• The V6 and nine-speed automatic combo provide a much more satisfying driving experience. Power is more than adequate, and the engine emits a nice growl at wide-open throttle. The 6,000-pound tow capacity is also appreciable.
  • Finally, the Pathfinder’s climate control system works as it should. The previous generation’s system would blow cold air at any setting below 18.5 degrees, and hot air at any setting above 18.5.
  • The theatre-style seating in the 2023 Nissan Pathfinder means everyone can see what’s happening out front. The second-row seat cushions are higher up than before, so passengers no longer sit with their knees near their chins. Figuratively speaking, of course.


Why You Shouldn’t Buy a 2023 Nissan Pathfinder

  • We like the V6 engine’s performance and economy. That being said, a hybrid powertrain would be interesting, although only two direct rivals—the Highlander and the Explorer—offer one at the moment
  • The Pathfinder’s wide front pillars create blind sports big enough to hide pedestrians and other vehicles in busy street intersections.
  • The Nissan crossover’s ride is a little on the firm side, and we’re not strictly talking about the Rock Creek Edition, which is actually better given its mildly lifted suspension. It’s not a dealbreaker, but many rivals are smoother on the road.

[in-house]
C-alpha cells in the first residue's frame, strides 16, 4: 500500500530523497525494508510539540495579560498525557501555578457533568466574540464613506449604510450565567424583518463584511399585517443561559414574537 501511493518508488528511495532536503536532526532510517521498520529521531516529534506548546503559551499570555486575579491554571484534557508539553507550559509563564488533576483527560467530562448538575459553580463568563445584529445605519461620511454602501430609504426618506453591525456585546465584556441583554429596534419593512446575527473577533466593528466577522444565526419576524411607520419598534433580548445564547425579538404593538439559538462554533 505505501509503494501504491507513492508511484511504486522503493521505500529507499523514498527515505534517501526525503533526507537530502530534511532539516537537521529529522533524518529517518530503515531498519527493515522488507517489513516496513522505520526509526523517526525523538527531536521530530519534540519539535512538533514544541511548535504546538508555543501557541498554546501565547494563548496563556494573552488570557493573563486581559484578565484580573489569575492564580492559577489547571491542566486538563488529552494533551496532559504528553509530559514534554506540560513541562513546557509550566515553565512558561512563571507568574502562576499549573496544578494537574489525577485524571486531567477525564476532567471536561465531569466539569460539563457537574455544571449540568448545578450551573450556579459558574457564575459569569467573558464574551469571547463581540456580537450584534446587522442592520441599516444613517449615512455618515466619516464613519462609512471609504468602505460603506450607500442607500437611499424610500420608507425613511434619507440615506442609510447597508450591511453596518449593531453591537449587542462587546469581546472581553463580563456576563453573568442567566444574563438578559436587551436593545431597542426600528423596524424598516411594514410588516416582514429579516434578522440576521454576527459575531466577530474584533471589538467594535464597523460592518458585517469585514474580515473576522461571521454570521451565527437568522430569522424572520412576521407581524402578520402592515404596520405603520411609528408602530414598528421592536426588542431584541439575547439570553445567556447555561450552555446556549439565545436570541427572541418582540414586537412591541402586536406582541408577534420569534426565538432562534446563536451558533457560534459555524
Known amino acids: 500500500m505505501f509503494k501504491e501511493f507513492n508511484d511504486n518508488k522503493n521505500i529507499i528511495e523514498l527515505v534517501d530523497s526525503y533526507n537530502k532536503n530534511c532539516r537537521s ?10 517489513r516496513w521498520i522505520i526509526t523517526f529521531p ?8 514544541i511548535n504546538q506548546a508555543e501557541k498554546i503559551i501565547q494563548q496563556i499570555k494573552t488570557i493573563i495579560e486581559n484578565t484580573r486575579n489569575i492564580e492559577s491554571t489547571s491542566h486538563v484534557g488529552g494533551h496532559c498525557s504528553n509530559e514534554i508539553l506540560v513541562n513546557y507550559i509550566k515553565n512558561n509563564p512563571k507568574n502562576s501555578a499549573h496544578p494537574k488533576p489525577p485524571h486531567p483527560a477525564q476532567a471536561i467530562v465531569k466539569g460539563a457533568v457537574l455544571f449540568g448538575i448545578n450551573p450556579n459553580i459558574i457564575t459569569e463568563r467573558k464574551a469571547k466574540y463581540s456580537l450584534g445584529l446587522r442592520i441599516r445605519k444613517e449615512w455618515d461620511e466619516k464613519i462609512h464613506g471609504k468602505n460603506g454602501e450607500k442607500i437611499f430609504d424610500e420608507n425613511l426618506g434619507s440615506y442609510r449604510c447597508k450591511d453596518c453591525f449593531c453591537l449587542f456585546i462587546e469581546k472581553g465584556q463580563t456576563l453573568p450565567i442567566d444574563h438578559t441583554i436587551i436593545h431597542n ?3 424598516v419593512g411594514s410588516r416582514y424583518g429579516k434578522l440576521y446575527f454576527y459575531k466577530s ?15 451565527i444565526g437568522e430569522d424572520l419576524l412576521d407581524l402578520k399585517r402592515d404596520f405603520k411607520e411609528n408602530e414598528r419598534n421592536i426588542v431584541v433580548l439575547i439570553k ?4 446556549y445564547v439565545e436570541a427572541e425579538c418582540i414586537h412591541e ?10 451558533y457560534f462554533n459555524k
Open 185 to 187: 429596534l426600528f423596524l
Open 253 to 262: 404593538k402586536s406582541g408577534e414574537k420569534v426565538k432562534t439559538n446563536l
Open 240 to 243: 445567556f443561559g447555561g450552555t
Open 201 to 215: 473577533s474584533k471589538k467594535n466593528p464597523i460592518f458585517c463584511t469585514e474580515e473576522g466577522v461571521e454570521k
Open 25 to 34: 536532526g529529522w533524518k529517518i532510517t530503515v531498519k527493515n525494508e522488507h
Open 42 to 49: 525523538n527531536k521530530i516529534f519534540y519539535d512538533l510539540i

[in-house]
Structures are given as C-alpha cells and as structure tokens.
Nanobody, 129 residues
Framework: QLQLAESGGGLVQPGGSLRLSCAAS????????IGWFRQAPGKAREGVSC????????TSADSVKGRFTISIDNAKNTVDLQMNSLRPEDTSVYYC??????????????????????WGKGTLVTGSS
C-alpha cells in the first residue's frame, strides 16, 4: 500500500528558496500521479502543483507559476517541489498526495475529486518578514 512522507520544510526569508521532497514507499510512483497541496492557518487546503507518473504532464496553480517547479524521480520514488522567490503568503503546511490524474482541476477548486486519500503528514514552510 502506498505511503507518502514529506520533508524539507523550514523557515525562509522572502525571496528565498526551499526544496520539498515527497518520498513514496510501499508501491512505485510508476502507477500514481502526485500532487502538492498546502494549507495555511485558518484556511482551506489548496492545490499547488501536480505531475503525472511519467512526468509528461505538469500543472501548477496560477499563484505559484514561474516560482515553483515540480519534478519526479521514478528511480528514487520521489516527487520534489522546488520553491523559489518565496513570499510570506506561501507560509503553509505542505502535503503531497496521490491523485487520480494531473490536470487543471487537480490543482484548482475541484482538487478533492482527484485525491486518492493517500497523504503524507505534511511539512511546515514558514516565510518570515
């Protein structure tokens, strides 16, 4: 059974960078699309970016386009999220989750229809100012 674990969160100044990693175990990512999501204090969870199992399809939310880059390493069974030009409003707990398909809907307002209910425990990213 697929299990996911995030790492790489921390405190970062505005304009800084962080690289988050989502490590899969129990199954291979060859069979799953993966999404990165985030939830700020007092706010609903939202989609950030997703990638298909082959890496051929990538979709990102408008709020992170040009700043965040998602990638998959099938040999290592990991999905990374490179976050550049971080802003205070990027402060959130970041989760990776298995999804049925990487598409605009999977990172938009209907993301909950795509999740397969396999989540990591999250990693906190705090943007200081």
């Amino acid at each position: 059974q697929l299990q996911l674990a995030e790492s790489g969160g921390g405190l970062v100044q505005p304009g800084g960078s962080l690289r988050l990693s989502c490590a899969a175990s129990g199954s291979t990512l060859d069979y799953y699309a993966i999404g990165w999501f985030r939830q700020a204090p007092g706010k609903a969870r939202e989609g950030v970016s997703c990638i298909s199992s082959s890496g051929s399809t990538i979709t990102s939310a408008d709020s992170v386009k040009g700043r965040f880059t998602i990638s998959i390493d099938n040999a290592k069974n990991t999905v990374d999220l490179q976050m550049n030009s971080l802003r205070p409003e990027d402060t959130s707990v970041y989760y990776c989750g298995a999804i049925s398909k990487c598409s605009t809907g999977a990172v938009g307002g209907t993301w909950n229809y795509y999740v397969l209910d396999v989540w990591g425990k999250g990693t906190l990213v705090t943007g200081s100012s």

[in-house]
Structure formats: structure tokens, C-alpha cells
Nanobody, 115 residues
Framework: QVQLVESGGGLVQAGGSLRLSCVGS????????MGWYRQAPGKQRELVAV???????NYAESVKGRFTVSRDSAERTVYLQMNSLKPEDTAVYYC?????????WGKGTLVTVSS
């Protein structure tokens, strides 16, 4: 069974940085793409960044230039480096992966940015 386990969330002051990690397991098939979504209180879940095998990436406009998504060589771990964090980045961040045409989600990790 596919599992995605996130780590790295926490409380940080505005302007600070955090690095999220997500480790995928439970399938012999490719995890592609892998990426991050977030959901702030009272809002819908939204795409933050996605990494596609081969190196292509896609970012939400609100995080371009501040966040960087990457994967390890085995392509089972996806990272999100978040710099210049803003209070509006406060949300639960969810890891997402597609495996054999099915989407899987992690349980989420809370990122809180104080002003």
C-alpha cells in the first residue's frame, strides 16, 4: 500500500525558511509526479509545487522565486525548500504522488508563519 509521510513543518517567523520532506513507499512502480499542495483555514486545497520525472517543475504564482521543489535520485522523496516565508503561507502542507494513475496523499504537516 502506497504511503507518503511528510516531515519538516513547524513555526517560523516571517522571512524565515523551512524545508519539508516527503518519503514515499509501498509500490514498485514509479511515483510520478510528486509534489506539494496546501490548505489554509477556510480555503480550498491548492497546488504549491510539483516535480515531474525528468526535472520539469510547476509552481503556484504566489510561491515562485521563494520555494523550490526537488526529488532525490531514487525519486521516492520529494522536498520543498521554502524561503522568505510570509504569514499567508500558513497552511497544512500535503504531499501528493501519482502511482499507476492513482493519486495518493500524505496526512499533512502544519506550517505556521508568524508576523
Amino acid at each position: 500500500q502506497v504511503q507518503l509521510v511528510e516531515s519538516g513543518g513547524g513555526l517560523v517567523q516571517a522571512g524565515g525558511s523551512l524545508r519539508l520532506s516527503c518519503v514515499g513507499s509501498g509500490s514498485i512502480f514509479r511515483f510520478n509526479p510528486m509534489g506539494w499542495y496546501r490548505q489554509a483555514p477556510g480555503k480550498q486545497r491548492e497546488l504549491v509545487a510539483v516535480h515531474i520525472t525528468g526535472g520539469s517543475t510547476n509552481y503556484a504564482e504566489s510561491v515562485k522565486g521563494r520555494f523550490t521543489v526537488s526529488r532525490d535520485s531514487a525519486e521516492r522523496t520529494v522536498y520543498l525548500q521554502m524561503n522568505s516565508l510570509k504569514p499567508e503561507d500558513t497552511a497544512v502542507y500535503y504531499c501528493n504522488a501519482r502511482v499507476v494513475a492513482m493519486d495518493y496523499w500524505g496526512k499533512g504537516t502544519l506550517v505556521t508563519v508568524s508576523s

• Interior space is good, but cargo space is average in its segment. Again, it’s not a big deal, but the Honda, the Volkswagen and the Chevrolet are noticeably more cavernous. And if we’re shopping for a three-row midsize SUV, that’s an important purchase factor.


Final Word

The 2023 Nissan Pathfinder represents a substantial improvement over the previous-generation model, which is to be expected. It’s even more fuel-efficient than before, interior fit and finish is honestly good, and offers more modern tech wrapped in a more rugged appearance—Rock Creek Edition or not. However, it doesn’t stand out in any way in its segment, preferring to rank average is just about every aspect. That’s not necessarily a bad thing, but when a vehicle gets a major redesign, it should normally redefine the category and send everyone else back to their drawing boards. It’s not the case here, which doesn’t mean the Nissan isn’t a loveable big crossover.